Explore the Bible: Acts 9:10-19
Occasionally as we read through the historical narratives of the Bible we come across a person who enters the story for just a brief mention, then is never heard of again in Scripture. Some of these are figures of far more importance to redemptive history than their short notice indicates. One of these is found in Acts 9, right in the middle of the narrative of Saul’s conversion.
Ananias was a follower of Jesus who lived in Damascus. Later church tradition counts him as one of the 72 disciples Jesus sent out during His ministry, but the Bible tells us nothing of his background. We don’t even know if he was in Damascus due to the dispersion of the church due to persecution or whether he had already been a resident of the city, who had perhaps visited Jerusalem around Pentecost. What the Bible does tell us, in Paul’s later retelling of his conversion in Acts 22, is that Ananias was “a devout man according to the law, well spoken of by the Jews who lived there” (verse 12).
Jesus appeared to Ananias in a vision; this one was less dramatic than Saul’s, perhaps because Ananias was prepared to listen to his Lord. Jesus’ instructions are straightforward, but Ananias pauses when he hears them. While he may never have seen Saul personally, he certainly has heard a lot about him, even understanding that Saul could have him arrested and brought back to Jerusalem. Ananias may not have been balking at his assignment, but trying to make sure he was hearing correctly. Jesus was sending him to the church’s chief adversary? And he was supposed to perform a miraculous healing on that man? I think it safe to say no one else in the history of the church has been given a mission like that!
Jesus not only confirmed His call, He added a message that Ananias would pass on to Saul (see Acts 22:14-16). Saul, the devout Jew and rabbinic scholar, was to become the Lord’s choice to take His gospel to the Gentiles. In addition, Jesus added that Saul, who had caused so much suffering to the church, would himself suffer much for the sake of the Lord.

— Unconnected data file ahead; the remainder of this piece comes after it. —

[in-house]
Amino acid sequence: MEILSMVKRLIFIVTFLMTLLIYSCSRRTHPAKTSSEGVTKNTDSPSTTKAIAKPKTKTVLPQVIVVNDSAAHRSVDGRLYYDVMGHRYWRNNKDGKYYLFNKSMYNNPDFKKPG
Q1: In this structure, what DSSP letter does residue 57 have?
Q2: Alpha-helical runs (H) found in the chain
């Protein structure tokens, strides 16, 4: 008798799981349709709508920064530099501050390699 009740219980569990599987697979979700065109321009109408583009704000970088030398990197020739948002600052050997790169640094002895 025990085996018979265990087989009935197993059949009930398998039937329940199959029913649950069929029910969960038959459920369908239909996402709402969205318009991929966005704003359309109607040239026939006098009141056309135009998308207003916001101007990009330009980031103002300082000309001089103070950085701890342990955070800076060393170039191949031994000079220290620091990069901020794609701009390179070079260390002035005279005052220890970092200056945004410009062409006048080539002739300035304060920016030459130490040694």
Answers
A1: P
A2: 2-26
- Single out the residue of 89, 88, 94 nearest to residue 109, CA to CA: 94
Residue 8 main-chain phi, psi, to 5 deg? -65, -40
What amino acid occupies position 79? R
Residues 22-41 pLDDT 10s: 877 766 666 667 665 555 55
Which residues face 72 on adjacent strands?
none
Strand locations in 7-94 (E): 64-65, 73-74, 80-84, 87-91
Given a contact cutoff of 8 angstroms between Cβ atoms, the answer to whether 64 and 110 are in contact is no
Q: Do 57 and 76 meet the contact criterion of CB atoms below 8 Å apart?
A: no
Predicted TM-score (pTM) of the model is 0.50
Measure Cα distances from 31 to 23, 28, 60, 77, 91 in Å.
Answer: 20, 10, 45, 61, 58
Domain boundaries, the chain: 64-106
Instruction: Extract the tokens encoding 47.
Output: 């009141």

Ananias went and fulfilled his divine commission. He went to the place Saul was staying and found him fasting, probably along with prayer. Ananias announced the Lord’s message and laid his hands on Saul, which restored his sight. While we aren’t told details of Saul’s response, he apparently was immediately baptized, even before he broke his fast. Ananias was convinced that Saul was a genuine believer and follower of Jesus.
While God is in control of all of history, and our human efforts cannot thwart His will, it is interesting to think about what the short mission of Ananias to Saul, who later became known as Paul, meant to the history of the church. Sixteen of the 27 books of the New Testament owe their writing to Paul: his own 13 epistles, plus three book penned by writers influenced by Paul (Hebrews, Luke, and Acts). A large number of churches were directly planted by Paul, and others were strengthened by his ministry among them. Paul’s writings changed the lives of many later Christians who became powerful influences for Christ in their own times and beyond. Paul is viewed as perhaps the Christian with the greatest influence of anyone after Jesus Himself, yet it was Ananias who brought Paul the gospel message he needed to hear and who helped him understand the changes Jesus would bring to his life.
Sometimes when we look at the great figures of the Bible, we can be overwhelmed. Even though we understand that all of those heroes had their weaknesses (even Paul), we look at their powerful influence and wonder how we could ever be like them. When we think like this, we need to remember that we are not all called to be Pauls. For many of us, our call is more like that to Ananias: listen to Jesus, then go and minister in His name where we are placed. No matter what you are called to do by Christ, you can have a profound influence on the world through your faithful obedience.